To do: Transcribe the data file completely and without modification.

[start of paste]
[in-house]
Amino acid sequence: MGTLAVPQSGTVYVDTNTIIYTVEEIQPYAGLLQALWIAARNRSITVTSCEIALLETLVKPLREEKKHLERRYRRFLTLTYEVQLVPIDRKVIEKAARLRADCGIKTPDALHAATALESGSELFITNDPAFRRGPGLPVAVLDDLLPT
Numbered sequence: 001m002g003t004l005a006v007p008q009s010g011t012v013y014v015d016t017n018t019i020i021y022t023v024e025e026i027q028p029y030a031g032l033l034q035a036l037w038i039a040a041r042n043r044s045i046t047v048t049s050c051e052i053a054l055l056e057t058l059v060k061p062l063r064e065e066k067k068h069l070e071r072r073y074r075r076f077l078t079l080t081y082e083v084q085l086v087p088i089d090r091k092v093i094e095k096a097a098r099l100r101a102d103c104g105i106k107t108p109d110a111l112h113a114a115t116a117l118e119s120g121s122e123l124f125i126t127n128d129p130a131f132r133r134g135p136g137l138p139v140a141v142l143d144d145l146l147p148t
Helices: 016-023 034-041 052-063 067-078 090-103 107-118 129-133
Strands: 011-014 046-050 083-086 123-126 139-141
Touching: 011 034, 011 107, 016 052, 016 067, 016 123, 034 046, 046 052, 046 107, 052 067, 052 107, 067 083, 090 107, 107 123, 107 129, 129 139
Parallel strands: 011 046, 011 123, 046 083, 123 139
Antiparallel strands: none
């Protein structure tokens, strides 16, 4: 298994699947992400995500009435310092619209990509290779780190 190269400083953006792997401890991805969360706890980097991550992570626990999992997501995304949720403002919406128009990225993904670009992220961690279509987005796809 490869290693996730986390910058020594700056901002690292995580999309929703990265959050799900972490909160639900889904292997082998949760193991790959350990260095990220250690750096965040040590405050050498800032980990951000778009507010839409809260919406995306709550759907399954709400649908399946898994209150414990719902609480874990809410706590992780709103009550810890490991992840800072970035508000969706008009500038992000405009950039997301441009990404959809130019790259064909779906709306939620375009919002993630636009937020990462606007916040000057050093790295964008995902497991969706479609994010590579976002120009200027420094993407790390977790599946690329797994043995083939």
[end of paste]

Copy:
[in-house]
Amino acid sequence: MGTLAVPQSGTVYVDTNTIIYTVEEIQPYAGLLQALWIAARNRSITVTSCEIALLETLVKPLREEKKHLERRYRRFLTLTYEVQLVPIDRKVIEKAARLRADCGIKTPDALHAATALESGSELFITNDPAFRRGPGLPVAVLDDLLPT
Numbered sequence: 001m002g003t004l005a006v007p008q009s010g011t012v013y014v015d016t017n018t019i020i021y022t023v024e025e026i027q028p029y030a031g032l033l034q035a036l037w038i039a040a041r042n043r044s045i046t047v048t049s050c051e052i053a054l055l056e057t058l059v060k061p062l063r064e065e066k067k068h069l070e071r072r073y074r075r076f077l078t079l080t081y082e083v084q085l086v087p088i089d090r091k092v093i094e095k096a097a098r099l100r101a102d103c104g105i106k107t108p109d110a111l112h113a114a115t116a117l118e119s120g121s122e123l124f125i126t127n128d129p130a131f132r133r134g135p136g137l138p139v140a141v142l143d144d145l146l147p148t
Helices: 016-023 034-041 052-063 067-078 090-103 107-118 129-133
Strands: 011-014 046-050 083-086 123-126 139-141
Touching: 011 034, 011 107, 016 052, 016 067, 016 123, 034 046, 046 052, 046 107, 052 067, 052 107, 067 083, 090 107, 107 123, 107 129, 129 139
Parallel strands: 011 046, 011 123, 046 083, 123 139
Antiparallel strands: none
């Protein structure tokens, strides 16, 4: 298994699947992400995500009435310092619209990509290779780190 190269400083953006792997401890991805969360706890980097991550992570626990999992997501995304949720403002919406128009990225993904670009992220961690279509987005796809 490869290693996730986390910058020594700056901002690292995580999309929703990265959050799900972490909160639900889904292997082998949760193991790959350990260095990220250690750096965040040590405050050498800032980990951000778009507010839409809260919406995306709550759907399954709400649908399946898994209150414990719902609480874990809410706590992780709103009550810890490991992840800072970035508000969706008009500038992000405009950039997301441009990404959809130019790259064909779906709306939620375009919002993630636009937020990462606007916040000057050093790295964008995902497991969706479609994010590579976002120009200027420094993407790390977790599946690329797994043995083939």